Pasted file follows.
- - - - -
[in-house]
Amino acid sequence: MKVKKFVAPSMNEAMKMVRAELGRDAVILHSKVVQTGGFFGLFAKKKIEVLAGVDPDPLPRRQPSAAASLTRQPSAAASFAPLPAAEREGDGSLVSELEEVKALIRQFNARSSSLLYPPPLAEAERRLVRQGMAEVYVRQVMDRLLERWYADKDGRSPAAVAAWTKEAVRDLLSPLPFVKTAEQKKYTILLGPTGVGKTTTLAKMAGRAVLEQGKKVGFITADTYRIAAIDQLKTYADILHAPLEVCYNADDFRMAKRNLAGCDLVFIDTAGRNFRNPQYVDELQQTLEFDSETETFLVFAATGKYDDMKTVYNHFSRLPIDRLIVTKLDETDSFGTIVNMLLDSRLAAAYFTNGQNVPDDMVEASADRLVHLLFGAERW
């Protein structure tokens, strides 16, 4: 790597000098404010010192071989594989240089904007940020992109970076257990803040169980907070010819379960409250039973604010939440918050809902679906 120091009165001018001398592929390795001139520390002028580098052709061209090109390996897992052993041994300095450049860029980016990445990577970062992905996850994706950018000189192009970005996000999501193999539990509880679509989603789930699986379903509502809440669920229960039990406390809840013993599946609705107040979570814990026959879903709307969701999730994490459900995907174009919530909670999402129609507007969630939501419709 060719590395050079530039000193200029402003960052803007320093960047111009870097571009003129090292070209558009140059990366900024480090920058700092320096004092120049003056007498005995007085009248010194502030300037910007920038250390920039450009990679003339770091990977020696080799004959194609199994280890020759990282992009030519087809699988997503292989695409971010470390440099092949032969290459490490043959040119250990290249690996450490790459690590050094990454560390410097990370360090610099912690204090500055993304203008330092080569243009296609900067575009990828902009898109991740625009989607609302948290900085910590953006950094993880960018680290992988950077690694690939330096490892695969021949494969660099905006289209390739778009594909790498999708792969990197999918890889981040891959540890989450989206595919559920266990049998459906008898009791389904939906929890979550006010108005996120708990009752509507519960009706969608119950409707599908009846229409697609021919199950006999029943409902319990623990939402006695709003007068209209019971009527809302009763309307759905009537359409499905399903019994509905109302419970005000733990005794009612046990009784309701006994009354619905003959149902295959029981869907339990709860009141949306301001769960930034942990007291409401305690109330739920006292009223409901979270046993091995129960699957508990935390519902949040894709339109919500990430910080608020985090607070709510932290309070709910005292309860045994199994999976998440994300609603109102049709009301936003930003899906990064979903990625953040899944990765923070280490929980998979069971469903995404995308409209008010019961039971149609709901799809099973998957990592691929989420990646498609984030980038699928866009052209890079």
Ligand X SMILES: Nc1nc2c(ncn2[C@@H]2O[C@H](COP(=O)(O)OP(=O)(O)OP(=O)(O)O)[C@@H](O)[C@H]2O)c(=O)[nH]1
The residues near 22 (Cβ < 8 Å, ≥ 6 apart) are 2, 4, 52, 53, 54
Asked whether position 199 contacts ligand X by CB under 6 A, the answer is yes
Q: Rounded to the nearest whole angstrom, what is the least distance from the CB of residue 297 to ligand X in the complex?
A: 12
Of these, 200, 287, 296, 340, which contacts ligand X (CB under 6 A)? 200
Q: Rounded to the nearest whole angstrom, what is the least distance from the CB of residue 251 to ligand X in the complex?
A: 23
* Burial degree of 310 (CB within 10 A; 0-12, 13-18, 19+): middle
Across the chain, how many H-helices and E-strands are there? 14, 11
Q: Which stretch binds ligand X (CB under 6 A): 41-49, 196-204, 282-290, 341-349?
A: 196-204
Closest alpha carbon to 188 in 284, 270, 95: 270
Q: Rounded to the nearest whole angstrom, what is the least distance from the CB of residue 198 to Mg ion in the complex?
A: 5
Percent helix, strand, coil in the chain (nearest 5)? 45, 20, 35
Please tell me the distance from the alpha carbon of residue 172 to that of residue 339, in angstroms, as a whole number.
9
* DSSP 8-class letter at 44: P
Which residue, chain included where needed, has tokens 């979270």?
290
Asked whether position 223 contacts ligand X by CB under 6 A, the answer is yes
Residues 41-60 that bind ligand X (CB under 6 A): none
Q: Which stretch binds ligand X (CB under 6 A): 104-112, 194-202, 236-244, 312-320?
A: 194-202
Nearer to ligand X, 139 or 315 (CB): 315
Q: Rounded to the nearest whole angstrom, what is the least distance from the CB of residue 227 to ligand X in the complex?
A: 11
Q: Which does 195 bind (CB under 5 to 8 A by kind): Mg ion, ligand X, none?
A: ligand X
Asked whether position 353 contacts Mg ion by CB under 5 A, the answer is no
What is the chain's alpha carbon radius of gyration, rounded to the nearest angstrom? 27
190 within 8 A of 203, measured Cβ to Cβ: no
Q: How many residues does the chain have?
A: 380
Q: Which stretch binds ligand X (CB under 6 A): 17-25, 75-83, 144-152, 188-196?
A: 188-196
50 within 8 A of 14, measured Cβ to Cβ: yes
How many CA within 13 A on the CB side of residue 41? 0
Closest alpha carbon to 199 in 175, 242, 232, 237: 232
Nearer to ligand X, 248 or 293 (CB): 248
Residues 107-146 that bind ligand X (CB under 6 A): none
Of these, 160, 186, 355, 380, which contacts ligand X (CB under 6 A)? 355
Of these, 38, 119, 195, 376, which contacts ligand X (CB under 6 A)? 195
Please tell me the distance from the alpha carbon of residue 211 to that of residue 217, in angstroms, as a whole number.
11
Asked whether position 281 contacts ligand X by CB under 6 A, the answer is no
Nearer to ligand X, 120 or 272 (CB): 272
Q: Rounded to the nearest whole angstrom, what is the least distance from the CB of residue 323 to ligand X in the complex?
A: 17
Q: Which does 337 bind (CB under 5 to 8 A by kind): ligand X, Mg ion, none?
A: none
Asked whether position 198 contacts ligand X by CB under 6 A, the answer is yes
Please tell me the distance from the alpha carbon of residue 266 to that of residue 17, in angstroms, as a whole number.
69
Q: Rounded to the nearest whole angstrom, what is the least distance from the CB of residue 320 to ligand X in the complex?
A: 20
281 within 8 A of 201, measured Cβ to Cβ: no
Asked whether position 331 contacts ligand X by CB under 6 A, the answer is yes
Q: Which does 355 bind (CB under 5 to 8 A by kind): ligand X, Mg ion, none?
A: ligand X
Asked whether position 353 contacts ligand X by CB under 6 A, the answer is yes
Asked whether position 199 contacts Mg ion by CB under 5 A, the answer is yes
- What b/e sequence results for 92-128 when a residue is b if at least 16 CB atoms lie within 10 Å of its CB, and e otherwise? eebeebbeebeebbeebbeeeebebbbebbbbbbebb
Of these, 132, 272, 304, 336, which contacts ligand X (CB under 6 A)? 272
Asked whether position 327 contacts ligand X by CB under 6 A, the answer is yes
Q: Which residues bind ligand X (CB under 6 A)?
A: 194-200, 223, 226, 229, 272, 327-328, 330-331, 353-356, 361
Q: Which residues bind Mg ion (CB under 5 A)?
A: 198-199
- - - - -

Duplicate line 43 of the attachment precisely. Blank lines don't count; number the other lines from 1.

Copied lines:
Closest alpha carbon to 199 in 175, 242, 232, 237: 232